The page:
The Making of a Witch

South Asia has a centuries-long history of making — and killing — its witches. For some women, the crime is independence and liberty. For others, mere existence on the margins.

Imaan Sheikh

October 27, 2020

The Making of a Witch
(Imaan Sheikh)

On September 8, minutes after the arrest of late Bollywood actor Sushant Singh Rajput’s girlfriend Rhea Chakraborty, social media exploded with thousands of celebratory posts. “Finally, the Bengali witch is arrested!” exclaimed one tweet. Chakraborty — whose social and legal witch hunt began almost immediately, and without substantial evidence of her involvement, after Rajput was found dead by suicide in his apartment on June 14 — is frequently described by spectators in this manner, reflecting long-held misogynistic beliefs against tez girls who “control” innocent men for personal, often monetary gains, and destroy their lives, leaving them hollow or dead.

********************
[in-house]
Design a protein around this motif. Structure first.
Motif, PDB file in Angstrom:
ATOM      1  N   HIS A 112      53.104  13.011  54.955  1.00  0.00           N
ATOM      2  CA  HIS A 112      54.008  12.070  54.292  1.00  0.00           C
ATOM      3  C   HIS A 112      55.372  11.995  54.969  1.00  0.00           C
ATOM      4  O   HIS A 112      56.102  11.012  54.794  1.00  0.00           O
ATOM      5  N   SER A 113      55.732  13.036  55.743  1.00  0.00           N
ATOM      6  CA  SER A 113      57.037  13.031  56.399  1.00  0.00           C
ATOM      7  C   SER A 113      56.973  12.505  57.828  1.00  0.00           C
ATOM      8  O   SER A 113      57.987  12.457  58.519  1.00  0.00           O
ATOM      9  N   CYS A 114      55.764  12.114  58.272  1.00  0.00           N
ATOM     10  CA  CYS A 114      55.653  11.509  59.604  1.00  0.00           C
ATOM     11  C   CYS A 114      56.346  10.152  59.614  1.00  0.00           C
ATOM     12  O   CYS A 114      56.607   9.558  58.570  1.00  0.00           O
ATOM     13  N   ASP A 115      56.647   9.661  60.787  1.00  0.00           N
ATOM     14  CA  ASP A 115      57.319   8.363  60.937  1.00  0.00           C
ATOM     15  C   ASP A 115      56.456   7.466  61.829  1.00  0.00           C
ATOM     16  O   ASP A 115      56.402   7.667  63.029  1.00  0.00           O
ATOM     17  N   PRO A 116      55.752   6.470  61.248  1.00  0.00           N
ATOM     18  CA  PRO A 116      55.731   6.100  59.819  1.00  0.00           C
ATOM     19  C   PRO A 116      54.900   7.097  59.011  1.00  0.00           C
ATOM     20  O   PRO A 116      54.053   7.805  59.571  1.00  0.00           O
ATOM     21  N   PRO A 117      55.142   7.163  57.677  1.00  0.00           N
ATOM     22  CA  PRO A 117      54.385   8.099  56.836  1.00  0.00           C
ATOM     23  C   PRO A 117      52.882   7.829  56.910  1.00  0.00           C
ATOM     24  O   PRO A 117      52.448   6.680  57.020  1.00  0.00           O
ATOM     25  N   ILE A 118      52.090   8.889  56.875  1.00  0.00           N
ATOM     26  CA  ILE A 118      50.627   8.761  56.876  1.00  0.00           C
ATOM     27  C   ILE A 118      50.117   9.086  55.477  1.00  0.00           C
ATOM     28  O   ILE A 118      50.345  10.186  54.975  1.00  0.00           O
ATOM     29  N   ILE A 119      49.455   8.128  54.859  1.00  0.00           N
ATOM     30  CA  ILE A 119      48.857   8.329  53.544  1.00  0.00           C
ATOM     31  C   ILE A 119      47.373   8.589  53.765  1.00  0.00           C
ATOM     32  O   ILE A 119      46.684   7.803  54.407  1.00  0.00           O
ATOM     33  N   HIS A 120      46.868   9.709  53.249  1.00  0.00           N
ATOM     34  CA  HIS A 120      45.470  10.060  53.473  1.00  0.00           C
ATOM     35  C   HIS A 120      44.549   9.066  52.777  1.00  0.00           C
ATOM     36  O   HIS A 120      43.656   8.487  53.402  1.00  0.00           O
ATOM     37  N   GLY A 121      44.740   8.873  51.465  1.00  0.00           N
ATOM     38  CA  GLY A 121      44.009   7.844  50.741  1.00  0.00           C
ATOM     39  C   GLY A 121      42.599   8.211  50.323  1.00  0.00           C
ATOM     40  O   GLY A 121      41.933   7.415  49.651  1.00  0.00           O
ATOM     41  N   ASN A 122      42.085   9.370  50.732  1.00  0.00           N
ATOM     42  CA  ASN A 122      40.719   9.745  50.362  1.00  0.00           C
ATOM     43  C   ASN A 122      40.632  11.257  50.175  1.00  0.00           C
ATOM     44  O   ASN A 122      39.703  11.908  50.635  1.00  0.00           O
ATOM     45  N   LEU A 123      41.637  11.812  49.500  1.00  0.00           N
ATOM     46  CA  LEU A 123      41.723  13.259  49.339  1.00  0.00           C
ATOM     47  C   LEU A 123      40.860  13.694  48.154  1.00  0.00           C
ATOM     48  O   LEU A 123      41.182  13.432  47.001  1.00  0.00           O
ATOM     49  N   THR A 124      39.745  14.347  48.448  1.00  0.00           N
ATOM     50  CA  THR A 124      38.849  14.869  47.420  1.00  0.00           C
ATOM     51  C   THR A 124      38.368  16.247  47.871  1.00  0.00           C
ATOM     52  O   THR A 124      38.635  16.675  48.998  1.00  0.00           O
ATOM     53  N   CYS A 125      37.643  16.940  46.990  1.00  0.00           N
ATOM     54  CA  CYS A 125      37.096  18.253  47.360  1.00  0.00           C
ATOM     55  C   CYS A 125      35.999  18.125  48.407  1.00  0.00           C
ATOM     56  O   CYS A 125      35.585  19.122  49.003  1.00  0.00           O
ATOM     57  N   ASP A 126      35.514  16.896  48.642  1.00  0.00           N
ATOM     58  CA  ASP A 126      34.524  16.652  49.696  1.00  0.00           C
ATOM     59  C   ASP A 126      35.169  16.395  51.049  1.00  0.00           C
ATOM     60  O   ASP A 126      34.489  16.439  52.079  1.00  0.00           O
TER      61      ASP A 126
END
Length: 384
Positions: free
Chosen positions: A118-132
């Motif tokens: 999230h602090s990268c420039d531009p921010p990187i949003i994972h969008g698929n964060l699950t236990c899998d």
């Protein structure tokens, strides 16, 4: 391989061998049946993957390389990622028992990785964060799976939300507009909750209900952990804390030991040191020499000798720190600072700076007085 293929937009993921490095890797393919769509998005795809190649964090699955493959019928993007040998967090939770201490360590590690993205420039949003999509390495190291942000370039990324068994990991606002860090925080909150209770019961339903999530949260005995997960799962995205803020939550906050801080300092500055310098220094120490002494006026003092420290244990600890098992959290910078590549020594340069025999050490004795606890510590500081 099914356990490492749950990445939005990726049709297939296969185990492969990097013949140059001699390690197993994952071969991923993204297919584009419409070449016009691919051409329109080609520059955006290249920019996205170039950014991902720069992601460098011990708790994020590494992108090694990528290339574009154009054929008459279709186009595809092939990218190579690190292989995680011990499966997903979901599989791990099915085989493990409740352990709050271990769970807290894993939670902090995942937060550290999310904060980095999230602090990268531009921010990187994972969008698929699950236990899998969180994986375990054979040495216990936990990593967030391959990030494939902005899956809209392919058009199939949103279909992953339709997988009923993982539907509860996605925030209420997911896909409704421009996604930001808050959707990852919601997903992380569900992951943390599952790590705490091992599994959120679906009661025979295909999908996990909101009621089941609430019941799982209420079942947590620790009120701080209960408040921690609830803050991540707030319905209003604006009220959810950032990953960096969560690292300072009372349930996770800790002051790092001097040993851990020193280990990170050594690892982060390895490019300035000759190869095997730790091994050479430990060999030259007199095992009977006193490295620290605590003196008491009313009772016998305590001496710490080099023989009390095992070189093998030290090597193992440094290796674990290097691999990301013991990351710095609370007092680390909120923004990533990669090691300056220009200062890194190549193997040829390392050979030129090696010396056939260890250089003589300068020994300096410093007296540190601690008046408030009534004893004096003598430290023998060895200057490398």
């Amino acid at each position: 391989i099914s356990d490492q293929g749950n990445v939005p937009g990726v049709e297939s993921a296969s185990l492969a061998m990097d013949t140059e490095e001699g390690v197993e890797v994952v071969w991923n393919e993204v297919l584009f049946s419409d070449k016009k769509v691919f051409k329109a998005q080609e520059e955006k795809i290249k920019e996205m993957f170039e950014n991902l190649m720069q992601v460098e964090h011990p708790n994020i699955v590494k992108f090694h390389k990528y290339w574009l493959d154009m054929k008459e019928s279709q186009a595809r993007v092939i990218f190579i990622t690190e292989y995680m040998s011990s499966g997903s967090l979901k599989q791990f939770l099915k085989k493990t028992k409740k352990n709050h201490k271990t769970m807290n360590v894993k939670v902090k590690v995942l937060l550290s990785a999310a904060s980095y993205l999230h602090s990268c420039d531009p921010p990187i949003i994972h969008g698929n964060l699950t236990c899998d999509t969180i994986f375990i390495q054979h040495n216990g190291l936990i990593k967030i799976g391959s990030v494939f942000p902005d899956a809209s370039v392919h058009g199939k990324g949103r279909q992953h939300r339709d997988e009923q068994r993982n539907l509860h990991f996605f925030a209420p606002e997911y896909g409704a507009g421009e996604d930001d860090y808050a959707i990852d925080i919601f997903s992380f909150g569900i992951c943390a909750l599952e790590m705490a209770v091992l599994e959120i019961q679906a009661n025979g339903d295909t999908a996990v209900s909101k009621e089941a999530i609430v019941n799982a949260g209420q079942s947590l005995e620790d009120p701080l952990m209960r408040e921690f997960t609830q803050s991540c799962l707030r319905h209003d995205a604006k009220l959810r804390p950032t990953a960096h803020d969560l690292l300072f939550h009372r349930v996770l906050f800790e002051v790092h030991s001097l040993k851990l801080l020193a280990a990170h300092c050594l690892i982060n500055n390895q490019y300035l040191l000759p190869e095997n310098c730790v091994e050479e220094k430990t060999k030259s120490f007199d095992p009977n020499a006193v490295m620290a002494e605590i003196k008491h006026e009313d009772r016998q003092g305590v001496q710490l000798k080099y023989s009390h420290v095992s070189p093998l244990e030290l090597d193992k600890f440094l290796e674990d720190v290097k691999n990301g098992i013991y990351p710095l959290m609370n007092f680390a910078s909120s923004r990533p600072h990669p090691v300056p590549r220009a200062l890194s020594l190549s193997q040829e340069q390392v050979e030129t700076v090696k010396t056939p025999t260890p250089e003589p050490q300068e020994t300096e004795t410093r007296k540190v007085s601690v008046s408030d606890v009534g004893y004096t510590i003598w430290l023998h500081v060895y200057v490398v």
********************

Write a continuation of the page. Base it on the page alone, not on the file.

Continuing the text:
Spectators said she “sucked his blood dry” and destroyed Rajput and his family “with her black magic.” Even mainstream media regurgitated the old trope of the Bengali daini, a demonic succubus of sorts.